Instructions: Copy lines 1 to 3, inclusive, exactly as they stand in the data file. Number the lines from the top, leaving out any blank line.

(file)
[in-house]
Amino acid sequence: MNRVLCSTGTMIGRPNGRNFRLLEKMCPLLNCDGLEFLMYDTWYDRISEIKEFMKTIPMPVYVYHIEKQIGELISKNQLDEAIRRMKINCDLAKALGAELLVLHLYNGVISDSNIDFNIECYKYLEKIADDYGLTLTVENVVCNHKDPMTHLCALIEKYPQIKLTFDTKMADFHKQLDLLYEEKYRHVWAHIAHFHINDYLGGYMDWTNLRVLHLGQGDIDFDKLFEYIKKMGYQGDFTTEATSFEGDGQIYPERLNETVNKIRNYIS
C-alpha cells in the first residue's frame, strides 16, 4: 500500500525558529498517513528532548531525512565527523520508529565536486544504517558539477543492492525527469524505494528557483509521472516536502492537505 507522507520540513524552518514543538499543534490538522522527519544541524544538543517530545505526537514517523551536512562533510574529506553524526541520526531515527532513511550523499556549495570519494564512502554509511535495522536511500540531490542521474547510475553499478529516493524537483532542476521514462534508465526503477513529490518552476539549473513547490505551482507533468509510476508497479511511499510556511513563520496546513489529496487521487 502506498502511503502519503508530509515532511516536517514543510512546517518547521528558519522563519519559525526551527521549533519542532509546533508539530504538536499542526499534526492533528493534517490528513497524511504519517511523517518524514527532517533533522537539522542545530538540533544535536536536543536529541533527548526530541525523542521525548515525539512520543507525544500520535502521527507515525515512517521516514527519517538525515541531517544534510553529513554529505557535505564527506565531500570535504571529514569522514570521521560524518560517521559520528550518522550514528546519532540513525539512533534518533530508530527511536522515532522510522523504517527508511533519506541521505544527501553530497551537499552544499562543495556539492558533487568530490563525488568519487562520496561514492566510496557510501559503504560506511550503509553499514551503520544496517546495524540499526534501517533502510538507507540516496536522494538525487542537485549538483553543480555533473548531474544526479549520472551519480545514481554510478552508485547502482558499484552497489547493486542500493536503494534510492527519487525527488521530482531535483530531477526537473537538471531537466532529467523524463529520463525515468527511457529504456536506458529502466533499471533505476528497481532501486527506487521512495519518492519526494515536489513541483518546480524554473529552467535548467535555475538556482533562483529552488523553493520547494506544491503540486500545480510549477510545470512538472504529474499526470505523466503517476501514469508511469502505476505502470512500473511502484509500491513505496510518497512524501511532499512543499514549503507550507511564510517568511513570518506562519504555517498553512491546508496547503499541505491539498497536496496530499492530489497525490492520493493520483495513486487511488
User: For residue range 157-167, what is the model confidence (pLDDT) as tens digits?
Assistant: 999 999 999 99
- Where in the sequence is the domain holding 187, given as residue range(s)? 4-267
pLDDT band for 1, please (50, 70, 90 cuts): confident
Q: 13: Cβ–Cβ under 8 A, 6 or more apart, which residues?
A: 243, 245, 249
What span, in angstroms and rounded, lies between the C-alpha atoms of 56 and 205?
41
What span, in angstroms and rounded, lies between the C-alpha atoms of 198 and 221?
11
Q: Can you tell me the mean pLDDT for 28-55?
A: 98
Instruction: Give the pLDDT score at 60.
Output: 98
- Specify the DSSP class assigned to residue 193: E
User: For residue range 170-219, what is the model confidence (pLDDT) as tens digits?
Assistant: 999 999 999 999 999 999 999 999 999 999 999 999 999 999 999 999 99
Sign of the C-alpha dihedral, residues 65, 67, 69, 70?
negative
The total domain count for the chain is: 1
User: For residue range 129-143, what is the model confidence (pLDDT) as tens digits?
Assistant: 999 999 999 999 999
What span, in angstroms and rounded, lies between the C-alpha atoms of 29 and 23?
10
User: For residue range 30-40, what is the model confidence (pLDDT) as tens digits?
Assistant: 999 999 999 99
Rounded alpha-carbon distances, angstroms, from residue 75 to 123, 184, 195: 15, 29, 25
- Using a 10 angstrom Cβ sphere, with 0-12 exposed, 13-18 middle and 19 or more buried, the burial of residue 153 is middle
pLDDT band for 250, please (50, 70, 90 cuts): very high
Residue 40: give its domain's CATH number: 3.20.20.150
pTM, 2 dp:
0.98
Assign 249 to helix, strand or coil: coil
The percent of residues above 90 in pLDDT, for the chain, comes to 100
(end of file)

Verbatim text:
[in-house]
Amino acid sequence: MNRVLCSTGTMIGRPNGRNFRLLEKMCPLLNCDGLEFLMYDTWYDRISEIKEFMKTIPMPVYVYHIEKQIGELISKNQLDEAIRRMKINCDLAKALGAELLVLHLYNGVISDSNIDFNIECYKYLEKIADDYGLTLTVENVVCNHKDPMTHLCALIEKYPQIKLTFDTKMADFHKQLDLLYEEKYRHVWAHIAHFHINDYLGGYMDWTNLRVLHLGQGDIDFDKLFEYIKKMGYQGDFTTEATSFEGDGQIYPERLNETVNKIRNYIS
C-alpha cells in the first residue's frame, strides 16, 4: 500500500525558529498517513528532548531525512565527523520508529565536486544504517558539477543492492525527469524505494528557483509521472516536502492537505 507522507520540513524552518514543538499543534490538522522527519544541524544538543517530545505526537514517523551536512562533510574529506553524526541520526531515527532513511550523499556549495570519494564512502554509511535495522536511500540531490542521474547510475553499478529516493524537483532542476521514462534508465526503477513529490518552476539549473513547490505551482507533468509510476508497479511511499510556511513563520496546513489529496487521487 502506498502511503502519503508530509515532511516536517514543510512546517518547521528558519522563519519559525526551527521549533519542532509546533508539530504538536499542526499534526492533528493534517490528513497524511504519517511523517518524514527532517533533522537539522542545530538540533544535536536536543536529541533527548526530541525523542521525548515525539512520543507525544500520535502521527507515525515512517521516514527519517538525515541531517544534510553529513554529505557535505564527506565531500570535504571529514569522514570521521560524518560517521559520528550518522550514528546519532540513525539512533534518533530508530527511536522515532522510522523504517527508511533519506541521505544527501553530497551537499552544499562543495556539492558533487568530490563525488568519487562520496561514492566510496557510501559503504560506511550503509553499514551503520544496517546495524540499526534501517533502510538507507540516496536522494538525487542537485549538483553543480555533473548531474544526479549520472551519480545514481554510478552508485547502482558499484552497489547493486542500493536503494534510492527519487525527488521530482531535483530531477526537473537538471531537466532529467523524463529520463525515468527511457529504456536506458529502466533499471533505476528497481532501486527506487521512495519518492519526494515536489513541483518546480524554473529552467535548467535555475538556482533562483529552488523553493520547494506544491503540486500545480510549477510545470512538472504529474499526470505523466503517476501514469508511469502505476505502470512500473511502484509500491513505496510518497512524501511532499512543499514549503507550507511564510517568511513570518506562519504555517498553512491546508496547503499541505491539498497536496496530499492530489497525490492520493493520483495513486487511488